All the galley carts are emptied out, if required seats are covered with plastic sheets and in certain cases some equipment is removed from the aircraft.
The inside cabin is also aired to ensure minimal moisture and also mitigate any impact of heat with Indian Summer setting in.
All of this is also critical towards ensuring that the aircraft, once ready to fly, can be put back to use in the fastest possible time.
Return to service
Once the Government gives the go-ahead for a return to service, airlines cannot simply take the aircraft and return it to service. Extensive documentation and checks are again carried out. The primary goal of aviation is safety and ensuring continued airworthiness. This also poses a regulatory challenge since a regulator is simply not staffed to oversee such a large volume of aircraft. How the return to service will be managed, remains a matter of much debate within aviation circles.
Early return to Lessor
It is fairly evident that the demand for air travel is going to remain subdued for a considerable period of time because of the COVID-19 pandemic. Indian airlines will, in all likelihood, consider an early return of aircraft back to lessors to both reduce cash outgo in the form of lease rentals and reduce capacity. This involves an early termination option (ETO) yet these come with clauses attached.
It must be borne in mind that aircraft Lessors will be extremely reluctant to easily accept an early return of an aircraft without very heavy financial penalties for the airlines. Repricing, renegotiation and revision of terms is contingent on negotiation and without the ability to meet in person this challenge is compounded. It must be remembered that aircraft Lessors too have obligations to their own creditors and an aircraft returned before the end of a lease term, means lost revenue, which no Lessor will let go off without seeking compensation from the airline. Nonetheless, returning an aircraft back to a lessor is an extremely complex and detailed process. Airlines have to comply with stringent redelivery conditions stipulated in lease agreements. The aircraft must be in the same condition as it was when it was given on lease to the airline. Apart from that the aircraft must be airworthy, conform to type design and be in a condition for safe operation, with all aircraft equipment, components and systems, operating within limits approved by the manufacturer and the aviation authority. All repair, maintenance and modifications made to the aircraft, including during storage, must be documented and carried out as per procedures set by the manufacturer. This makes it even more pertinent for airlines to follow due procedure while these aircraft are grounded, as there are hefty penalties involved should they not.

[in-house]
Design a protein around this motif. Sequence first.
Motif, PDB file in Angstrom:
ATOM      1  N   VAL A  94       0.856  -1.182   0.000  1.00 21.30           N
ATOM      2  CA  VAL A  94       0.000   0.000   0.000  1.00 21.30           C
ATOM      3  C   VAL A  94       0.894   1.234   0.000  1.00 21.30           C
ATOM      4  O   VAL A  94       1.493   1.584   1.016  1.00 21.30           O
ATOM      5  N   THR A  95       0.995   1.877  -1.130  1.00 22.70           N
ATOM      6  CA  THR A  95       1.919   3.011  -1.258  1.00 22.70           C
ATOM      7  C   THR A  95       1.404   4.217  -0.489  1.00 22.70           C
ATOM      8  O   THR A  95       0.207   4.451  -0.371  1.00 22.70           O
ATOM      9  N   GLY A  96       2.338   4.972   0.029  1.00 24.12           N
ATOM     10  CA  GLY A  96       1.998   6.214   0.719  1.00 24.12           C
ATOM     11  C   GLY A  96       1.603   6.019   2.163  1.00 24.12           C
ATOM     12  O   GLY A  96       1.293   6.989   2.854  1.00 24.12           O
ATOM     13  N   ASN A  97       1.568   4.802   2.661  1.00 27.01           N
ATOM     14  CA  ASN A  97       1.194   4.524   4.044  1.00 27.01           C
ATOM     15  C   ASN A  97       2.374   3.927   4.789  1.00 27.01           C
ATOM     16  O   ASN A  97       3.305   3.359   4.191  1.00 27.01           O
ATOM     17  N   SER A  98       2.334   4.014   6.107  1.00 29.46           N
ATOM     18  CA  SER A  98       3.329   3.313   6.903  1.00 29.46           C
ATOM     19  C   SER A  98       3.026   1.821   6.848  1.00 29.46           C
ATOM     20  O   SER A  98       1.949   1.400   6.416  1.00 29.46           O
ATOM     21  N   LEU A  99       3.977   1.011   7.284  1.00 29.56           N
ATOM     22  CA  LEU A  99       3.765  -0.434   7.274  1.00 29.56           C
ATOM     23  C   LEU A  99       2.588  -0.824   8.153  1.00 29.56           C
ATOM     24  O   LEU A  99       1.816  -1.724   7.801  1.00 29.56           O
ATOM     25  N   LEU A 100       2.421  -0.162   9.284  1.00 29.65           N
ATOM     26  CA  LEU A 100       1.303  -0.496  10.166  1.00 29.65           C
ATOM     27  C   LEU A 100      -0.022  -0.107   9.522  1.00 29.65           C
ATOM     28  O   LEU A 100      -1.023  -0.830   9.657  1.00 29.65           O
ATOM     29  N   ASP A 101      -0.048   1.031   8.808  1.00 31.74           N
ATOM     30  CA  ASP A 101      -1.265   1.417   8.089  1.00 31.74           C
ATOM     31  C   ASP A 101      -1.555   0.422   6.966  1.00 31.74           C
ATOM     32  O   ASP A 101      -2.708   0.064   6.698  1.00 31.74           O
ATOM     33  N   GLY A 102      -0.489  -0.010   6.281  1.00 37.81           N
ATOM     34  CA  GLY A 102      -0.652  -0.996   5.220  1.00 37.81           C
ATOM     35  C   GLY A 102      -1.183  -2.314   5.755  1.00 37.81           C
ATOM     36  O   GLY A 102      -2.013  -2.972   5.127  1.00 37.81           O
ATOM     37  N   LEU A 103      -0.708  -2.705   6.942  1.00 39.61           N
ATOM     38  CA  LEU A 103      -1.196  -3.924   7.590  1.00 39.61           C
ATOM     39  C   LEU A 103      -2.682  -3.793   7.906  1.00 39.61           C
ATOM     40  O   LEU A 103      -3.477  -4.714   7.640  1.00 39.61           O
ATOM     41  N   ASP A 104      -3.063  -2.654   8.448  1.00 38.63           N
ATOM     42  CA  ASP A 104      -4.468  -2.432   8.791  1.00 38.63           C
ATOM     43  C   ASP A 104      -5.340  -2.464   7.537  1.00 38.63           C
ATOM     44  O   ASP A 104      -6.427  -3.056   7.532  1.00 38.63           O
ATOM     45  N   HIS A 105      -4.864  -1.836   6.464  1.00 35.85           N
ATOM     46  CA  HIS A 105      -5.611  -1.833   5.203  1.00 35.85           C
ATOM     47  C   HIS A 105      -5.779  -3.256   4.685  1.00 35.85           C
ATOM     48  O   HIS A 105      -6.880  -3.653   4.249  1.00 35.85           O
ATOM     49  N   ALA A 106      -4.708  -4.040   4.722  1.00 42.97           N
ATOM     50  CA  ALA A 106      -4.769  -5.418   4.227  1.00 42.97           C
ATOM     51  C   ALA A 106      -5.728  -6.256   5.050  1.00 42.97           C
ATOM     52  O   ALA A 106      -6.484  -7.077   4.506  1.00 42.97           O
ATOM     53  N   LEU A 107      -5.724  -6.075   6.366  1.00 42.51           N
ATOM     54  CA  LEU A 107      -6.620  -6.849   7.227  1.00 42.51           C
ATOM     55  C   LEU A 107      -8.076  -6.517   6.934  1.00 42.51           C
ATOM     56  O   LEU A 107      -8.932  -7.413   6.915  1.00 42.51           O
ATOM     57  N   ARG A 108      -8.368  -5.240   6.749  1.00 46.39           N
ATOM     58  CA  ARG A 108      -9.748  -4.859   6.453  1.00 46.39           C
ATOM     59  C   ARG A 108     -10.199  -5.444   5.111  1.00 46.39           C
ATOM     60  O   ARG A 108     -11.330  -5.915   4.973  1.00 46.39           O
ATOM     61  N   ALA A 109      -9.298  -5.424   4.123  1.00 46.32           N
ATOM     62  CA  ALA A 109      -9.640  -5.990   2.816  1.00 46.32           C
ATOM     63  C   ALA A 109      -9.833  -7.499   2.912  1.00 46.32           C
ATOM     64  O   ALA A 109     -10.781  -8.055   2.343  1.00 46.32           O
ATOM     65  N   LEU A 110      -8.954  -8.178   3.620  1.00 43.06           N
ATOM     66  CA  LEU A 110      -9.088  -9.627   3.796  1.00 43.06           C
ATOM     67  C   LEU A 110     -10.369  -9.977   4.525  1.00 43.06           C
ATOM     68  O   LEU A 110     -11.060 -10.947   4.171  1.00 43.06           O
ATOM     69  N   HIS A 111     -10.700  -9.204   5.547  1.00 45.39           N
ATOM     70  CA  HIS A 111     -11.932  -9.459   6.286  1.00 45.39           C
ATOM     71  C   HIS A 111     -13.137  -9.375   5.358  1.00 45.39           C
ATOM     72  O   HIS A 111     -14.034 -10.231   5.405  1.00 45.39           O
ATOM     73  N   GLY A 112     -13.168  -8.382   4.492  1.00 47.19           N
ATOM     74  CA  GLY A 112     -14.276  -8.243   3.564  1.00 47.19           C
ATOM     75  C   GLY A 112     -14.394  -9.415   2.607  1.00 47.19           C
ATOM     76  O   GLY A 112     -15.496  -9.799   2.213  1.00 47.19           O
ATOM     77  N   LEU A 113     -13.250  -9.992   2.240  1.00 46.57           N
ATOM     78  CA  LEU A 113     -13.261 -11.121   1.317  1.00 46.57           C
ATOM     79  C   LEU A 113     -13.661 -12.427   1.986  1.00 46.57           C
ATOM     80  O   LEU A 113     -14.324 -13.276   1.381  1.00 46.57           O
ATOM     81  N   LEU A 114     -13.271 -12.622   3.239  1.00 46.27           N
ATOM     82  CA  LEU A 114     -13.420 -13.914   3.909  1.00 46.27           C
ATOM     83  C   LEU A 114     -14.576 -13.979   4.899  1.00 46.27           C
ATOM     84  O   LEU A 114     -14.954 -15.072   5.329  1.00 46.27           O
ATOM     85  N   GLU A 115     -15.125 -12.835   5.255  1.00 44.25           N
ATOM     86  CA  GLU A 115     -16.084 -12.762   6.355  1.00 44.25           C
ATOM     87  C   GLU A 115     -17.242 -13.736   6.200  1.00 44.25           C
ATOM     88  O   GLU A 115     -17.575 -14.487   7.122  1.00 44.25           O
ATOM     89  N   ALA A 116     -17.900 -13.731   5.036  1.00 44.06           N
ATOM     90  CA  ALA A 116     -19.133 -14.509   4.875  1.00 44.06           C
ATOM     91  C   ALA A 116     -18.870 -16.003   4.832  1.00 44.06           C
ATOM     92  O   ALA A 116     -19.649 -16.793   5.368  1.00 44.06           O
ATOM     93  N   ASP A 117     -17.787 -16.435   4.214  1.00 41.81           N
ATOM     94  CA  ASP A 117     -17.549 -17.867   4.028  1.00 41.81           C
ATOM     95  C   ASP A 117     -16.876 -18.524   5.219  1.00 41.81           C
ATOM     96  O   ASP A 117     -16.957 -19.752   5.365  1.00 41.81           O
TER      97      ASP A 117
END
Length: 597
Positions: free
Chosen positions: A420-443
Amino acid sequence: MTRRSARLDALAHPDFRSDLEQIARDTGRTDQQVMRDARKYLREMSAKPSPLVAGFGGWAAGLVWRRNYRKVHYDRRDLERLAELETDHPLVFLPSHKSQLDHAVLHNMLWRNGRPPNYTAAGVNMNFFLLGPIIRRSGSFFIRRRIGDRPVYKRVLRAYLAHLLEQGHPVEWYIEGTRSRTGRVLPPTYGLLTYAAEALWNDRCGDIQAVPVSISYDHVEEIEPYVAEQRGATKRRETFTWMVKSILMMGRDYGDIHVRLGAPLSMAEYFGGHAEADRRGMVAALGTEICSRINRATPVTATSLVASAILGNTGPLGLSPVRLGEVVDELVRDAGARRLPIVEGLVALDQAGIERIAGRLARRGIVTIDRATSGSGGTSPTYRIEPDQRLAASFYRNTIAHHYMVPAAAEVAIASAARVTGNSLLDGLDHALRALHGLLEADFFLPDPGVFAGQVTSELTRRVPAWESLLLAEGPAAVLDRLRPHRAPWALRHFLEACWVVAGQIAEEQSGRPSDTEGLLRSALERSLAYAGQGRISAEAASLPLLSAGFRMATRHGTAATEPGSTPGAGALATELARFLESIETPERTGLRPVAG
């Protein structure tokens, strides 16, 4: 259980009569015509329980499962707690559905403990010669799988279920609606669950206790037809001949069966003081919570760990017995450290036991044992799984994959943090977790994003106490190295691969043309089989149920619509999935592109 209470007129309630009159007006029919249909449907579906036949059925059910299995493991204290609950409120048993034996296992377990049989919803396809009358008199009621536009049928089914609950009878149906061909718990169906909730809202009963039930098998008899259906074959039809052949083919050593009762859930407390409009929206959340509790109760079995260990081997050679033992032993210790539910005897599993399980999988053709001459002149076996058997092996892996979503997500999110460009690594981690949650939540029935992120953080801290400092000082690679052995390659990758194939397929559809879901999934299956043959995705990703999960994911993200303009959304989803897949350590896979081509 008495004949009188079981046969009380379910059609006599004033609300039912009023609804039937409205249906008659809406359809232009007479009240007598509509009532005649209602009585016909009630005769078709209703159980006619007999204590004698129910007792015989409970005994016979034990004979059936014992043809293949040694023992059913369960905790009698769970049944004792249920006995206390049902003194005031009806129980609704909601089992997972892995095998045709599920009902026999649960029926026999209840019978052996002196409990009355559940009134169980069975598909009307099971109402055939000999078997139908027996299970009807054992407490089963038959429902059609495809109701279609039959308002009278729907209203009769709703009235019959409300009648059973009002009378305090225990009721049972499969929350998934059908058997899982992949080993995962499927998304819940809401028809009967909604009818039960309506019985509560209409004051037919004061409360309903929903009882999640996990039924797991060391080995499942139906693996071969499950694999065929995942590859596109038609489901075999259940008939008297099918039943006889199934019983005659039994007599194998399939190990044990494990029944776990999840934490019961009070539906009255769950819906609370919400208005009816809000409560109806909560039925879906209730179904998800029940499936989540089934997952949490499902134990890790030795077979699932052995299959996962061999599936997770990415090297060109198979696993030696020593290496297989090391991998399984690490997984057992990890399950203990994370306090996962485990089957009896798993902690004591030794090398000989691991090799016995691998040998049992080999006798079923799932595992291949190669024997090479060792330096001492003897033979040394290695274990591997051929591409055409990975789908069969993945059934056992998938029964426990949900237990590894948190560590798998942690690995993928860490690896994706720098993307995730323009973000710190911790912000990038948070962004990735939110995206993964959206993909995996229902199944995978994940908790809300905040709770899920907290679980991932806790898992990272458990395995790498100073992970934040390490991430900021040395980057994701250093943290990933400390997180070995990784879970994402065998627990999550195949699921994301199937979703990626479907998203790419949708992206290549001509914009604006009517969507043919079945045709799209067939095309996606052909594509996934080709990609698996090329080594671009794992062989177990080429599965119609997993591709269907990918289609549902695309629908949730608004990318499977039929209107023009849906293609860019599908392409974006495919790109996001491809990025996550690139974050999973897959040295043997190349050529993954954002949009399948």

¹ Zoom Air actual fleet size unknown
^ Actively used on AI pax routes
^^ Includes 13 grounded Boeing 737 MAX 8 aircraft and one damaged aircraft (DGCA has banned the operation of B737 MAX series aircraft in India till further notice)
* Incl. Airbus A319, A320 and A321 series aircraft
** Excludes two aircraft refurbished for VVIP flights
General note: Aircraft data includes aircraft grounded for technical/operational reasons.
Indian Scheduled (and Non-scheduled jet operators) Air Operators – Fleet Data Quick Reference
|Blue Dart Aviation Ltd.||–||6||6|
|Freighter Aircraft Total||5||6||10|
Modified March 26, 2020 © Timir Mozumder | knowIndia.net
The unprecedented suspension of all domestic flights by the DGCA has left the airlines scrambling for parking at airports across the country. No domestic airline has been able to park all its aircraft at a particular airport. We now have a situation where aircraft are parked away from maintenance bases and may not have certified engineers at airports to maintain aircraft and return to service as and when the suspension is lifted. Parking aircraft was most definitely the easy part, maintaining them while on the ground and getting them back in the air will be an entirely different ball game altogether.
(Pulak Sen is the Founder Secretary General MRO Association of India. The views in the article are solely the author’s. He can be contacted at email@example.com)